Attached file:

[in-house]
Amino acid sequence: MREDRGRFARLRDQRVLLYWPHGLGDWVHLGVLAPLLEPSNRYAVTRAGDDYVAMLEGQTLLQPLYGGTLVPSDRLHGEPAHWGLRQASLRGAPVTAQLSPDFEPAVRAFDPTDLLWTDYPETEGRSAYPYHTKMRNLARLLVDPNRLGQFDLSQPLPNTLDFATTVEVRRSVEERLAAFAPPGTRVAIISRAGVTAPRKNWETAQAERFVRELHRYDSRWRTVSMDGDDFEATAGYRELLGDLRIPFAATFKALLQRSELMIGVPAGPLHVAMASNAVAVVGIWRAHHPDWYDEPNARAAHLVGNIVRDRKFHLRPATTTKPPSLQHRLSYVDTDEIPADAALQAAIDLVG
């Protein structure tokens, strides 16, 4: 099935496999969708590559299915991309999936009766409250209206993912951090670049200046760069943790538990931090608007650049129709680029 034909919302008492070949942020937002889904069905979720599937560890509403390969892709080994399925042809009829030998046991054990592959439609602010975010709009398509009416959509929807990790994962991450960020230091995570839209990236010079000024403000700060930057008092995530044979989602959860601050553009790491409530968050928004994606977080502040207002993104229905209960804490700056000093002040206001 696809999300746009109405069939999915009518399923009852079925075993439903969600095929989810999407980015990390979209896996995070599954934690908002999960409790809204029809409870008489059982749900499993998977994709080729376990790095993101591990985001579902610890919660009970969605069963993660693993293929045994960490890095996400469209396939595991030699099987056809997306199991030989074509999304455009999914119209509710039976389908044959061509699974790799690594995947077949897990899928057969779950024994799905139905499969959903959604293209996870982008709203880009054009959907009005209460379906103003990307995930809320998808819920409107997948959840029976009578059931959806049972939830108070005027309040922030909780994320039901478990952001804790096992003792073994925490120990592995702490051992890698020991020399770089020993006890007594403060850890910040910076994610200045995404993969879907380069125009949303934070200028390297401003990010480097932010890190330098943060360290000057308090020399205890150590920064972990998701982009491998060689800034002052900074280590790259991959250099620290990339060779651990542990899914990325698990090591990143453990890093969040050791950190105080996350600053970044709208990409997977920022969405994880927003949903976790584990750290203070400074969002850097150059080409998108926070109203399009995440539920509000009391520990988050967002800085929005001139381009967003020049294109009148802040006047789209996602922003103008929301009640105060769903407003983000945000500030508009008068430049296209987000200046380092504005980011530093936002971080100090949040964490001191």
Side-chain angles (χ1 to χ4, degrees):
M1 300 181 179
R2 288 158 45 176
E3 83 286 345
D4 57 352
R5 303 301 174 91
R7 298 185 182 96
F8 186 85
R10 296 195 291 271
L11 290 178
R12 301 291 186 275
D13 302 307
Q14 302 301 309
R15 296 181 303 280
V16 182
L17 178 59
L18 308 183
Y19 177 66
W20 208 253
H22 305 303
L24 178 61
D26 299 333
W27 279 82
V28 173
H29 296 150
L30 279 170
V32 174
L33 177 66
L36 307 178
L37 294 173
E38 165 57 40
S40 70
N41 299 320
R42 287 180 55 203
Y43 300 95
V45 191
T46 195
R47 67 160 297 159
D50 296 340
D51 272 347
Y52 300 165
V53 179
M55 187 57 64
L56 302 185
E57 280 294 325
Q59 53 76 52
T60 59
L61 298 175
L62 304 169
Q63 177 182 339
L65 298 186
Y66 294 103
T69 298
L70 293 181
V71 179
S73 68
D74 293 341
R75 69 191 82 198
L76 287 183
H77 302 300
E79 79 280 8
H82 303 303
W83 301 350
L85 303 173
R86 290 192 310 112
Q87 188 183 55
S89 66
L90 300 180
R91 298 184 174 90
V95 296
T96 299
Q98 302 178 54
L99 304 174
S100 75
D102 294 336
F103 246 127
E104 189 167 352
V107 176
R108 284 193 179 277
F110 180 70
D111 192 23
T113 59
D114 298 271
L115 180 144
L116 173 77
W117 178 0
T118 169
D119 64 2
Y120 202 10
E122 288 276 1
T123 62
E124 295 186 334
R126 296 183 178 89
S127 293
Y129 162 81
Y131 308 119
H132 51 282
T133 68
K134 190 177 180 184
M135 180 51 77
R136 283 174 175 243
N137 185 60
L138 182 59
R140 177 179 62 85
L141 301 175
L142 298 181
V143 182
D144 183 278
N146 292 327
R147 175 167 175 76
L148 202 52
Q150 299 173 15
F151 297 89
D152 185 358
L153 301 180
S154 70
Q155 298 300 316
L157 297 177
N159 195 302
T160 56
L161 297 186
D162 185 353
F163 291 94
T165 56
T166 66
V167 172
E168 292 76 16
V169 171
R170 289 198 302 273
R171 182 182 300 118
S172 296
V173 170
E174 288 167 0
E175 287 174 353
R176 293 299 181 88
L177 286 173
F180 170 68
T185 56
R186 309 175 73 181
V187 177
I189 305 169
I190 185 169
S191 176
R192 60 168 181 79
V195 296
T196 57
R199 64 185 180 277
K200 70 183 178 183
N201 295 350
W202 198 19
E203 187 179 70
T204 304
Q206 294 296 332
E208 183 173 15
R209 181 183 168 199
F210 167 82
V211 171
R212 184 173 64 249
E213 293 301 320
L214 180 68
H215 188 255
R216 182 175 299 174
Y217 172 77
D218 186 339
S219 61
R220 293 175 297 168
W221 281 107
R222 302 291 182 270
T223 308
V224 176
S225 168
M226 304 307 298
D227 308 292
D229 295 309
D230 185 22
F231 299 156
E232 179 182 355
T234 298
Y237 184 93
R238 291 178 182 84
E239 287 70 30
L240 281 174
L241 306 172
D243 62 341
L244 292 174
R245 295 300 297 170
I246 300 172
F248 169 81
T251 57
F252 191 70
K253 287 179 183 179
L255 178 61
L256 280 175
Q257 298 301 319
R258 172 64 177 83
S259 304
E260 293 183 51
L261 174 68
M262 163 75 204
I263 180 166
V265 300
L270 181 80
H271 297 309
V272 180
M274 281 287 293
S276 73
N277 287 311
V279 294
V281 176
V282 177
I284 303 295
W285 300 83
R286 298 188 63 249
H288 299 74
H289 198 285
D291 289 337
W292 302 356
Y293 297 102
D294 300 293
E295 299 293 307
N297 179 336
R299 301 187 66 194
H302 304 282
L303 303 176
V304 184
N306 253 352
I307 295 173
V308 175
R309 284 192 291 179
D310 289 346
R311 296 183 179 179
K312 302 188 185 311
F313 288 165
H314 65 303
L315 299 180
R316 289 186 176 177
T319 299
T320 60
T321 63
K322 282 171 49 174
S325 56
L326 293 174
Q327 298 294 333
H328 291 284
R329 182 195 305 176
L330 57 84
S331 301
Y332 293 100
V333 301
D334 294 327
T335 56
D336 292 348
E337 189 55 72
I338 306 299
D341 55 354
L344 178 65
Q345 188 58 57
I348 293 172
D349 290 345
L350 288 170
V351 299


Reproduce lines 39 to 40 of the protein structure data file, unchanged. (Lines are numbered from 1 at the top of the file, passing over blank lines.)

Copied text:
V45 191
T46 195